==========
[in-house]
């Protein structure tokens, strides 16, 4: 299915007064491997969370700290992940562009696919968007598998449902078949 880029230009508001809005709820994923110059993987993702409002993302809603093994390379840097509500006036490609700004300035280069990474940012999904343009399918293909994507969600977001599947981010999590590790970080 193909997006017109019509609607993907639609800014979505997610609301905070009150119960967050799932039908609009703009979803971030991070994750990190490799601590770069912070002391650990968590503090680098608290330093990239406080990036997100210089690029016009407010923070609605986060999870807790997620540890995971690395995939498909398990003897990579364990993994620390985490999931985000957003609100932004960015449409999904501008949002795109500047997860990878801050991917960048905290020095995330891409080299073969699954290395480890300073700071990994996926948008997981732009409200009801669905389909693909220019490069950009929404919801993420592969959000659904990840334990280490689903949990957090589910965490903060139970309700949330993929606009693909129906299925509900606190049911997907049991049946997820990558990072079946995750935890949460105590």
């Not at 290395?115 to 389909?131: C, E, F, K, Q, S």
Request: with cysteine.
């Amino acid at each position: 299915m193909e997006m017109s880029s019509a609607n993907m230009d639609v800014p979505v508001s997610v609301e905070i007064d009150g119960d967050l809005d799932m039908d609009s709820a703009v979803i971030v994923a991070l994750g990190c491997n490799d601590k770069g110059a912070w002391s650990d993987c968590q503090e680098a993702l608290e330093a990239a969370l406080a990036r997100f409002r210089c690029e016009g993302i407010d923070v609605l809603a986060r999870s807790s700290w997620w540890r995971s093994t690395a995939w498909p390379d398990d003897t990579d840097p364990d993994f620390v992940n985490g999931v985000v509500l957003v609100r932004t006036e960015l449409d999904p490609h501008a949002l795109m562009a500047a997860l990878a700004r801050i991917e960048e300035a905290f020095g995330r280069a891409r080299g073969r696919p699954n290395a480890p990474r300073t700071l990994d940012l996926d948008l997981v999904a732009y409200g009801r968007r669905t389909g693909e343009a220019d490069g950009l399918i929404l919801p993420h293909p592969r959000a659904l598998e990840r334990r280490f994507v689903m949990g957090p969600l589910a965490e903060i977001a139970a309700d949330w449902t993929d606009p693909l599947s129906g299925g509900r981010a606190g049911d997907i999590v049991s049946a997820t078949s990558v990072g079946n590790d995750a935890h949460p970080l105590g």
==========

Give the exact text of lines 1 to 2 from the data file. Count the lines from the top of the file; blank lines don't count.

[in-house]
């Protein structure tokens, strides 16, 4: 299915007064491997969370700290992940562009696919968007598998449902078949 880029230009508001809005709820994923110059993987993702409002993302809603093994390379840097509500006036490609700004300035280069990474940012999904343009399918293909994507969600977001599947981010999590590790970080 193909997006017109019509609607993907639609800014979505997610609301905070009150119960967050799932039908609009703009979803971030991070994750990190490799601590770069912070002391650990968590503090680098608290330093990239406080990036997100210089690029016009407010923070609605986060999870807790997620540890995971690395995939498909398990003897990579364990993994620390985490999931985000957003609100932004960015449409999904501008949002795109500047997860990878801050991917960048905290020095995330891409080299073969699954290395480890300073700071990994996926948008997981732009409200009801669905389909693909220019490069950009929404919801993420592969959000659904990840334990280490689903949990957090589910965490903060139970309700949330993929606009693909129906299925509900606190049911997907049991049946997820990558990072079946995750935890949460105590």